C of E
For Church of England when referring to school names.
The cabinet is lower case.
Capital Gains Tax
DO NOT USE BLOCK CAPITALS FOR LARGE AMOUNTS OF TEXT AS IT’S QUITE HARD TO READ.
Always use sentence case, even in page titles and service names. The exceptions to this are proper nouns, including:
- departments (specific government departments - see below)
- the Civil Service, with lower case for ‘the’
- specific job titles
- titles like Mr, Mrs, Dr, the Duke of Cambridge (the duke at second mention); Pope Francis, but the pope
- Rt Hon (no full stops)
- place names
- brand names
- faculties, departments, institutes and schools
- names of groups, directorates and organisations: Knowledge and Innovation Group
- Parliament, the House
- titles of specific acts or bills: Housing Reform Bill (but use ‘the act’ or ‘the bill’ after the first time you use the full act or bill title)
- names of specific, named government schemes known to people outside government: Right to Buy, Queen’s Awards for Enterprise
- specific select committees: Public Administration Select Committee
- header cells in tables: Annual profits
- titles of books (and within single quotes), for example, ‘The Study Skills Handbook’
- World War 1 and World War 2 (note caps and numbers)
Do not capitalise:
- government - see government
- minister, never Minister, unless part of a specific job title, like Minister for the Cabinet Office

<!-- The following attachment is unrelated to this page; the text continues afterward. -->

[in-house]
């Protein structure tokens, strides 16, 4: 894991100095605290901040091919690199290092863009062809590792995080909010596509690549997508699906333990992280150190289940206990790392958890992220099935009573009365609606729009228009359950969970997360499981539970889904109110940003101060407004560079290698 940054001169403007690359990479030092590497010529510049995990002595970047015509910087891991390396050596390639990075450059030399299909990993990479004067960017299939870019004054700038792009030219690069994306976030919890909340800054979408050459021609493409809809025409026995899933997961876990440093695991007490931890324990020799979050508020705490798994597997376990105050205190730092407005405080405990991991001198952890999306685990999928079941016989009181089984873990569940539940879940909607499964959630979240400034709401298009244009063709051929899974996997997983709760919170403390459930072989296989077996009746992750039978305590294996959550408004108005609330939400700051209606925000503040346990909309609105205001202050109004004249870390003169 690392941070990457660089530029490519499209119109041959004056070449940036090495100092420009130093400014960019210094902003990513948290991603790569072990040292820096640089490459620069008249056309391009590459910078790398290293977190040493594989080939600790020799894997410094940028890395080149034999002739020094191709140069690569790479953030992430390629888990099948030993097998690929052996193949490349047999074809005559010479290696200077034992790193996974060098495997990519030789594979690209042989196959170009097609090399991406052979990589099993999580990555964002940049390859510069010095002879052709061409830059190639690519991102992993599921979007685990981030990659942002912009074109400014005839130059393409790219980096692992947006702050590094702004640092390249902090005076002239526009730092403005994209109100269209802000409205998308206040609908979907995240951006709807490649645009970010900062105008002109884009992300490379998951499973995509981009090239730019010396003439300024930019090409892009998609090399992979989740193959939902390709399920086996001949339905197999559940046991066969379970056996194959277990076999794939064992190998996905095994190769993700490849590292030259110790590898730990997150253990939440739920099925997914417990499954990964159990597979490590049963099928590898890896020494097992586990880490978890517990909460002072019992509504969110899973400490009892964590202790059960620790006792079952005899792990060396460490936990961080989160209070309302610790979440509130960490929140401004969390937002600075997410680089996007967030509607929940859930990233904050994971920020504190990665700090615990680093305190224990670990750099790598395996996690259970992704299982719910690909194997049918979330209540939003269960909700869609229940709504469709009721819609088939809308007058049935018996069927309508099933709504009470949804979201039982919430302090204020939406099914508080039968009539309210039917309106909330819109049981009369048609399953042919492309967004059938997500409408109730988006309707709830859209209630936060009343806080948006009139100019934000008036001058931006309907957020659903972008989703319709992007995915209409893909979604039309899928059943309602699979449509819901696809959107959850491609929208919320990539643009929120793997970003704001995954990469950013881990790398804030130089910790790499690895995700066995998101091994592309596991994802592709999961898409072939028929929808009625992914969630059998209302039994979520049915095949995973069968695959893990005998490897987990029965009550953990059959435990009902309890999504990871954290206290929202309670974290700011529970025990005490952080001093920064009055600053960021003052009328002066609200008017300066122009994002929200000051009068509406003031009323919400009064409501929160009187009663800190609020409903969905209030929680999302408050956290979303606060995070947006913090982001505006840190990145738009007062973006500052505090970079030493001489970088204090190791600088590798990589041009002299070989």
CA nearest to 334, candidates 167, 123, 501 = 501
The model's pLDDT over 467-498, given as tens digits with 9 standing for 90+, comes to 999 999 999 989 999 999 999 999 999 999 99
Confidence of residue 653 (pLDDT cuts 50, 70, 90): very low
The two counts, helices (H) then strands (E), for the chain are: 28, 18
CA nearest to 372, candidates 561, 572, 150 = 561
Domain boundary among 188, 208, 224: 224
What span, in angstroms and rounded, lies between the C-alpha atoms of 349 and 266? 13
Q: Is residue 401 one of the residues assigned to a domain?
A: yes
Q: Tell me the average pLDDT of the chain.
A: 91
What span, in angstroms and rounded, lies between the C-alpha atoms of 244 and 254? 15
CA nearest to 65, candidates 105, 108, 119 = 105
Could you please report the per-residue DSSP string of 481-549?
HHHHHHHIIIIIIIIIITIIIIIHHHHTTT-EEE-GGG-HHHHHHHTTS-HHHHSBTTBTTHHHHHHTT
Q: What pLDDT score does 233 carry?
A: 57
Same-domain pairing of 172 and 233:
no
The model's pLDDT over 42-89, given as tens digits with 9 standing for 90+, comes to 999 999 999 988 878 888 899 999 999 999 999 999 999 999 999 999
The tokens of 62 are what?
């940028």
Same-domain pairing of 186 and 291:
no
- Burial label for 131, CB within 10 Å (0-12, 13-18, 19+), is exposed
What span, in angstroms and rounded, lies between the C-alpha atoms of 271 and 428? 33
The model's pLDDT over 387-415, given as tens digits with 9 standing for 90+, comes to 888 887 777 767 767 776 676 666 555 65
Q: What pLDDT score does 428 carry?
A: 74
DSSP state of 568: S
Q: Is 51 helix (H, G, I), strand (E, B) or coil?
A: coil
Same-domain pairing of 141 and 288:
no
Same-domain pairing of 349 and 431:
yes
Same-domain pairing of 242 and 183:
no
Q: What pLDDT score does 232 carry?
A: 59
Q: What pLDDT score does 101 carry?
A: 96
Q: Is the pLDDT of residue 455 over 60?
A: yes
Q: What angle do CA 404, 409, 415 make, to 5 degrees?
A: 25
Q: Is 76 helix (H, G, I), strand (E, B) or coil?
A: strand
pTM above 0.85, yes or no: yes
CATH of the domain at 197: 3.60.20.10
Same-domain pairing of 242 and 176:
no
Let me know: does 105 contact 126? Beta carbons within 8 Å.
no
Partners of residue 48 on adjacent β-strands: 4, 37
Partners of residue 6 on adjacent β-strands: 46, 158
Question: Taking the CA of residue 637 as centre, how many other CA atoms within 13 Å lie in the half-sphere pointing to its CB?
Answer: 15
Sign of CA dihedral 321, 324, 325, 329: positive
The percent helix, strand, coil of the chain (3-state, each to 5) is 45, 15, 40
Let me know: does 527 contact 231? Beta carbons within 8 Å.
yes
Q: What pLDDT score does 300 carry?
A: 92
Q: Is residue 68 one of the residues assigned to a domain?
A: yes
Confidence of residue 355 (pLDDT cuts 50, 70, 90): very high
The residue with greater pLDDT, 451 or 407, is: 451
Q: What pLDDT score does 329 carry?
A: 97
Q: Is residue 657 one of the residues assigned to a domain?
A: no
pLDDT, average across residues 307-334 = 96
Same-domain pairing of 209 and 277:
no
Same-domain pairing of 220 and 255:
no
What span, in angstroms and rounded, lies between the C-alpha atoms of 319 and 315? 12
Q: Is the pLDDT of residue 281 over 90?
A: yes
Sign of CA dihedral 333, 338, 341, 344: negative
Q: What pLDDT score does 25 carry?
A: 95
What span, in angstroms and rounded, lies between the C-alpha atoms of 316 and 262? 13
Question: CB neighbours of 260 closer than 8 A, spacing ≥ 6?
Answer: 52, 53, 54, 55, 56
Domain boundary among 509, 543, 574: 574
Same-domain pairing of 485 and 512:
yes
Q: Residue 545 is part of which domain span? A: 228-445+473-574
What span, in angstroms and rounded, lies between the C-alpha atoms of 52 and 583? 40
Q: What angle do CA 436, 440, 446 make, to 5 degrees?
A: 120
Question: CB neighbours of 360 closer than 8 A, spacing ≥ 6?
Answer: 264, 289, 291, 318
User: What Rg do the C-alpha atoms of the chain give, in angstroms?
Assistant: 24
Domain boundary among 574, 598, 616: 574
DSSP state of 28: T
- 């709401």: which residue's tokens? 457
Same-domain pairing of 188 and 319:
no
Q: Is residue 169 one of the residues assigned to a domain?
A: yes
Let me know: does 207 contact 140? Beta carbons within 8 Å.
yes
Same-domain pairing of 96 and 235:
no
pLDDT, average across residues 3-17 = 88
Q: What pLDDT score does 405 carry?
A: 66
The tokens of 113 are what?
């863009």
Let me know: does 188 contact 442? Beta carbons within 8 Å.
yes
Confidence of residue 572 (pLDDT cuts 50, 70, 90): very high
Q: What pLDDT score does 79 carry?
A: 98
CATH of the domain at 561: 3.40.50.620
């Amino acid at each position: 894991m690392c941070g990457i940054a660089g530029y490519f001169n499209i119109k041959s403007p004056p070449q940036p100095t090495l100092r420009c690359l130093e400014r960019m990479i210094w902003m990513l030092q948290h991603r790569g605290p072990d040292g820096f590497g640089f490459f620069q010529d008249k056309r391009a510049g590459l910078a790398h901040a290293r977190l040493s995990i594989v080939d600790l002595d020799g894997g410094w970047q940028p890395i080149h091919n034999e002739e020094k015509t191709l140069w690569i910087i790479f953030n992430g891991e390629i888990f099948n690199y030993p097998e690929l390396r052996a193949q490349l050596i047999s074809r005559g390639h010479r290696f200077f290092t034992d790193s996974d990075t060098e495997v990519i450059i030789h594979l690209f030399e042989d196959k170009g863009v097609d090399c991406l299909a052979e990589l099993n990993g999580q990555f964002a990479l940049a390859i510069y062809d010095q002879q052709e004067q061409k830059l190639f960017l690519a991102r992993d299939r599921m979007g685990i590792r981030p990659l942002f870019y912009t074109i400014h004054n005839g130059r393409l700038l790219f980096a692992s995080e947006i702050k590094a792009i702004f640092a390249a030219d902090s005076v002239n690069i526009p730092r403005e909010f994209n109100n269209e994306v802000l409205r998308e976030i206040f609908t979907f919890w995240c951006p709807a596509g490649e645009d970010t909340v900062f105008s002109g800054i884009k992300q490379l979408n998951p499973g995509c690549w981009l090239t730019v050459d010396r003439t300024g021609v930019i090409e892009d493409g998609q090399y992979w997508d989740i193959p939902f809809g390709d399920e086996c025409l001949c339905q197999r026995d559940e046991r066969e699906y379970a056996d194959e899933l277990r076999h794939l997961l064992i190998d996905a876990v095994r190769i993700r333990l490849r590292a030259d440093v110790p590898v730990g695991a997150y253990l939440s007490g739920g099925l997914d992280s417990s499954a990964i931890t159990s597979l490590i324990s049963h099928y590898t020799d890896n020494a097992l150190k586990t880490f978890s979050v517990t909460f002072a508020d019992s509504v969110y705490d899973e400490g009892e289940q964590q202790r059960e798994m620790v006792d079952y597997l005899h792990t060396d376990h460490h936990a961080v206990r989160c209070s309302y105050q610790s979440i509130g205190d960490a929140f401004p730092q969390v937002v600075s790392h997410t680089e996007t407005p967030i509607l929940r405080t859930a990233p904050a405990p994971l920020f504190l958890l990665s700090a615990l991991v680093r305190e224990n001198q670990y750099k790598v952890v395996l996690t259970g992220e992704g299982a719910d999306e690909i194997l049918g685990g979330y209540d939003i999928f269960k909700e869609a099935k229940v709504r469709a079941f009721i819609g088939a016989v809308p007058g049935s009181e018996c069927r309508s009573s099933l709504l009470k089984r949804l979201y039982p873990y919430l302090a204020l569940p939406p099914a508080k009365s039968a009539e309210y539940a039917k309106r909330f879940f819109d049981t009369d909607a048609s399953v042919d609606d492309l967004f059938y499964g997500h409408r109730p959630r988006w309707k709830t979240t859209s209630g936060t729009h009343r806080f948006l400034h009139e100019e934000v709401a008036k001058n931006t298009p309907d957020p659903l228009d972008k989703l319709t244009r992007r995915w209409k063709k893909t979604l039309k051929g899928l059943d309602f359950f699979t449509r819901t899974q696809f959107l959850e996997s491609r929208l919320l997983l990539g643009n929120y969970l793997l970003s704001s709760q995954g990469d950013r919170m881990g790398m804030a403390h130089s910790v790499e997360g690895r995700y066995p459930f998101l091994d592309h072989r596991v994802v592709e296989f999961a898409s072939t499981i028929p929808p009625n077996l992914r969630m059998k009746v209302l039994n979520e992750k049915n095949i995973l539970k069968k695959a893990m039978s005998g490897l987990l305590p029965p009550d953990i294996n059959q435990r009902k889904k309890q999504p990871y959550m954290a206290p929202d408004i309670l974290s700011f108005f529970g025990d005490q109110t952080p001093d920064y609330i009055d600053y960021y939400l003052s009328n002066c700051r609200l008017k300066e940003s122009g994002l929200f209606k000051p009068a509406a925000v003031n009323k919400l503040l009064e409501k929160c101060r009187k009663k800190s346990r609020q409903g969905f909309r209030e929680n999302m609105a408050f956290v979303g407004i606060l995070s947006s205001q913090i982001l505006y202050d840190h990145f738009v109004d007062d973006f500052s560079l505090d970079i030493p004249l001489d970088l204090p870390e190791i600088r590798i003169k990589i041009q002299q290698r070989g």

- department or ministry - never Department or Ministry, unless referring to a specific one: Ministry of Justice, for example
- white paper, green paper, command paper, House of Commons paper
- budget, autumn statement, spring statement, unless referring to and using the full name of a specific statement - for example, “2016 Budget”
- sections or schedules within specific named acts, regulations or orders
- director general (no hyphen), deputy director, director, unless in a specific job title
- group and directorate, unless referring to a specific group or directorate: the Commercial Directorate, for example
- departmental board, executive board, the board
- policy themes like sustainable communities, promoting economic growth, local enterprise zones
- general mention of select committees (but do cap specific ones - see above)
- the military
Capitals for government departments
Use the following conventions for government departments. A department using an ampersand in its logo image is fine but use ‘and’ when writing in full text.
- Attorney General’s Office (AGO)
- Cabinet Office (CO)
- Department for Business, Energy and Industrial Strategy (BEIS)
- Department for Digital, Culture, Media and Sport (DCMS)
- Department for Education (DfE)
- Department for Environment, Food and Rural Affairs (Defra)
- Department for International Trade (DIT)
- Department for Transport (DfT)
- Department for Work and Pensions (DWP)
- Department of Health and Social Care (DHSC)
- Foreign, Commonwealth and Development Office (FCDO)
- HM Treasury (HMT)
- Home Office (HO)
- Ministry of Defence (MOD)
- Ministry of Housing, Communities and Local Government (MHCLG)
- Ministry of Justice (MOJ)
Two words. Lower case.
chair of governors
chairman, chairwoman, chairperson
Lower case in text. Upper case in titles: Spencer Tracy, Chairman, GDS.
See change notes in the content design manual.
Not “change log”.
CHAPS (Clearing House Automated Payment System)